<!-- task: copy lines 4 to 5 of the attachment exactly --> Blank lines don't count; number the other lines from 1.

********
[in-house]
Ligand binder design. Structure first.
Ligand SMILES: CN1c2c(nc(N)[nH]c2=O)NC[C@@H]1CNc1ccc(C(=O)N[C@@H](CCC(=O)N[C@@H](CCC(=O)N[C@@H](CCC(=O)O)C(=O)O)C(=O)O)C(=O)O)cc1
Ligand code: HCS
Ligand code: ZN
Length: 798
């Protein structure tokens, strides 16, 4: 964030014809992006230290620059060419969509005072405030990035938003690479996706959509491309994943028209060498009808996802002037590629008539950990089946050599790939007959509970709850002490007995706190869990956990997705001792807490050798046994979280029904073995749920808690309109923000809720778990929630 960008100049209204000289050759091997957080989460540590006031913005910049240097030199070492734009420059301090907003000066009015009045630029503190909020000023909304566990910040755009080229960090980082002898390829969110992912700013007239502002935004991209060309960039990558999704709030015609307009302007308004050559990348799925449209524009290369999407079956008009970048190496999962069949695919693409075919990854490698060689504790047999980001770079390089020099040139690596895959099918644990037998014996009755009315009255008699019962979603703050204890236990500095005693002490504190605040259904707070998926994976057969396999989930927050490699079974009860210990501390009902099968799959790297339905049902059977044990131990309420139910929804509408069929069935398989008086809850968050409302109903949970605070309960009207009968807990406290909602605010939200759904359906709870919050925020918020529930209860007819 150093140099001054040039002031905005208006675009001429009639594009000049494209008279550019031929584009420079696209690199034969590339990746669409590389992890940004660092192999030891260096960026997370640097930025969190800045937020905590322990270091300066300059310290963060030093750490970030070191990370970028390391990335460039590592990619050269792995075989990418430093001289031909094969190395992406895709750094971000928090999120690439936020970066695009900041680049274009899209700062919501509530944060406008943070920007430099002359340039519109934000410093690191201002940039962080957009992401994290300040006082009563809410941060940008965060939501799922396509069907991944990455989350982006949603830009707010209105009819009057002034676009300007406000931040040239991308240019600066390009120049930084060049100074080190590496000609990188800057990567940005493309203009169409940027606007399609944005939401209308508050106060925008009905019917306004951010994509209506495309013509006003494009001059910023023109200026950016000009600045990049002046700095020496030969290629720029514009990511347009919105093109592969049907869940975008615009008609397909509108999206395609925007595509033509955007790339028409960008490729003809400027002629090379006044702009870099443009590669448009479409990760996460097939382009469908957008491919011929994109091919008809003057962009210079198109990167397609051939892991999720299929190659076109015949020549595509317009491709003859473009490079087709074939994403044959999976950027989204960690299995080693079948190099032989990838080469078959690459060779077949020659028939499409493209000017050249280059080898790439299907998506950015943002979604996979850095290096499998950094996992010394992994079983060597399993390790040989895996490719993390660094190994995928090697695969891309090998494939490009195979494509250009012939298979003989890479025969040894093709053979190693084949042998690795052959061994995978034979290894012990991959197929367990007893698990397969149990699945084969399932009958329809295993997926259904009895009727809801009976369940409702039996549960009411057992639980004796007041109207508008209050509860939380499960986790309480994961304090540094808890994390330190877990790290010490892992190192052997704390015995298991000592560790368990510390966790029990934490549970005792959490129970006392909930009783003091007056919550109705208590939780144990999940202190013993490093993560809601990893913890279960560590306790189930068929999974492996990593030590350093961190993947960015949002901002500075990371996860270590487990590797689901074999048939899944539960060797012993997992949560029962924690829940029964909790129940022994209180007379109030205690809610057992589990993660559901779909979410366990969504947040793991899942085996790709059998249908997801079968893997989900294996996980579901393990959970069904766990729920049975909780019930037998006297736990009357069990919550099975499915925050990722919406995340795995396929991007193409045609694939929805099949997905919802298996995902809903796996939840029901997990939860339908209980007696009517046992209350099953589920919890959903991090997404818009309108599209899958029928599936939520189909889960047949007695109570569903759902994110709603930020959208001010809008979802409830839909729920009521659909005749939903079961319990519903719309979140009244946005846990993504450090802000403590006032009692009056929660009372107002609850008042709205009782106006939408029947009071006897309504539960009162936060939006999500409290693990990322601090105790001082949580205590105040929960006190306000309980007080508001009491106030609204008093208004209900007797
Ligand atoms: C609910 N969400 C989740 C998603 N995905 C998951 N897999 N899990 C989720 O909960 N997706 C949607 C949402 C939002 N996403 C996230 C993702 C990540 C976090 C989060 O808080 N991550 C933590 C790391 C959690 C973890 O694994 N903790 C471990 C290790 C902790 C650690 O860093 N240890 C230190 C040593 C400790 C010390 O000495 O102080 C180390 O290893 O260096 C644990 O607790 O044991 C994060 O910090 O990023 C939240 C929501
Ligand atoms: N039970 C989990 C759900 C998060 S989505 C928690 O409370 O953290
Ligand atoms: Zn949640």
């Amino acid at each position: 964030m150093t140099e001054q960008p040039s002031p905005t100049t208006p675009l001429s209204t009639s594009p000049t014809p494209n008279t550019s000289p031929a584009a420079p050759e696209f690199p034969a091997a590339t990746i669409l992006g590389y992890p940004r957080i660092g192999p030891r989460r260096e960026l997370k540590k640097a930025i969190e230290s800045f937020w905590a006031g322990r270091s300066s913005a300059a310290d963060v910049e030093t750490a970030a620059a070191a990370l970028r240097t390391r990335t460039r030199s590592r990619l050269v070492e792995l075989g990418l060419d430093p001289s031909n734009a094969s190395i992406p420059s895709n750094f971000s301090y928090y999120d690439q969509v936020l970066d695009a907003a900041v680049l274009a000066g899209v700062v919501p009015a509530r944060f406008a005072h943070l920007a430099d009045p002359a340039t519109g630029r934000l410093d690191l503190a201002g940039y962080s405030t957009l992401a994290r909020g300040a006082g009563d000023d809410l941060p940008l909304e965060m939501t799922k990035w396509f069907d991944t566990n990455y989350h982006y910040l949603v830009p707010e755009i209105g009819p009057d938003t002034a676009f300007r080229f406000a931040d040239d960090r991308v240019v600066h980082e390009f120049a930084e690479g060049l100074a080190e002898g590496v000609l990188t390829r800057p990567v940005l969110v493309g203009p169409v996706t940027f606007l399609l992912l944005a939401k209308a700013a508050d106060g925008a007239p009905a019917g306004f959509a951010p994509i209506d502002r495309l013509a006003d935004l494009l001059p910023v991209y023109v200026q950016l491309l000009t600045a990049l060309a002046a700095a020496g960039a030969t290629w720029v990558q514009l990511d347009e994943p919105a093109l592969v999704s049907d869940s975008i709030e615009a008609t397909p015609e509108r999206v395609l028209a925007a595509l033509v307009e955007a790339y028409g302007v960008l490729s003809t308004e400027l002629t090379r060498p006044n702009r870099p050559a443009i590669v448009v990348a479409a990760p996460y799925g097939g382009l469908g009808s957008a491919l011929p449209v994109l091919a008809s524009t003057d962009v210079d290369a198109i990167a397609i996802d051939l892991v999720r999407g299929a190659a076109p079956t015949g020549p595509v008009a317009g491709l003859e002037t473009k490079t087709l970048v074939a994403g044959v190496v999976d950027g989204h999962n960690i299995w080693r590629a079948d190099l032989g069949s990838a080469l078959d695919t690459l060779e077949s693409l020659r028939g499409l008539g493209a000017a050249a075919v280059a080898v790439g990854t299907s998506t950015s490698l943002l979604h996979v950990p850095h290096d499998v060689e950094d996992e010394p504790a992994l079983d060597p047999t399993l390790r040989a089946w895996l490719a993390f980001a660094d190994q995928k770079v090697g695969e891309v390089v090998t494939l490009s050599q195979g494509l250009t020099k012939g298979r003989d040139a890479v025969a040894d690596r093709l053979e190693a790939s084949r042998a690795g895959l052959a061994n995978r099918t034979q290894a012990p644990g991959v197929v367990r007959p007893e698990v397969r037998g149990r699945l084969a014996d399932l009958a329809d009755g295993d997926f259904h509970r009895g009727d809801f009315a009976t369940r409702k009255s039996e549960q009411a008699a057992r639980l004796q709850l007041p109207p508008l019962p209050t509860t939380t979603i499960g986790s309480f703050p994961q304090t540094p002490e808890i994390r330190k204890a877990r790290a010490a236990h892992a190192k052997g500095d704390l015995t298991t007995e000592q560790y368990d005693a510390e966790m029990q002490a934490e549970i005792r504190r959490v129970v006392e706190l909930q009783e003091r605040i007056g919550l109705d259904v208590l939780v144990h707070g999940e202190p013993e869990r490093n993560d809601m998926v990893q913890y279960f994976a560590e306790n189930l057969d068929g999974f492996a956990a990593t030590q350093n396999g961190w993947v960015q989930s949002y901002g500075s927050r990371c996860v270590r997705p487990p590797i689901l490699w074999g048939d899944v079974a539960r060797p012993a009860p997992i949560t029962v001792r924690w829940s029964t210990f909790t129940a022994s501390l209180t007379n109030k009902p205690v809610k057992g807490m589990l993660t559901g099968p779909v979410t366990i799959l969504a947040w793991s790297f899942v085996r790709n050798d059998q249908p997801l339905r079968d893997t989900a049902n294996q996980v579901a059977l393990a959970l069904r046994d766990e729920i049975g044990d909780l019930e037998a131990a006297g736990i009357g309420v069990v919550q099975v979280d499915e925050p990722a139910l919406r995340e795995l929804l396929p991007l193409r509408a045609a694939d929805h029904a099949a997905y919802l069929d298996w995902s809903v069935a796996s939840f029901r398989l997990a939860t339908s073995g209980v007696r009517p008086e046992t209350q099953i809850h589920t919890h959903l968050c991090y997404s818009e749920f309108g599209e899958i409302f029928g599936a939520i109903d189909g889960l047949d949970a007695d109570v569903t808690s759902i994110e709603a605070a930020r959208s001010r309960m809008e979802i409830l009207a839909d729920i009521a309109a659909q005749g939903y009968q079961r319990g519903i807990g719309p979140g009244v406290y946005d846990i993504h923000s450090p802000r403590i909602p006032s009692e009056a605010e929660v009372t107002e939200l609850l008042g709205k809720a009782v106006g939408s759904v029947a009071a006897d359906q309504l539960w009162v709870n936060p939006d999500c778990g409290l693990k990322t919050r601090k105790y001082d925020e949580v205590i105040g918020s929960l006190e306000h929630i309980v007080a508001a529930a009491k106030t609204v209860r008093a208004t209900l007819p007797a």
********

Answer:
Ligand code: HCS
Ligand code: ZN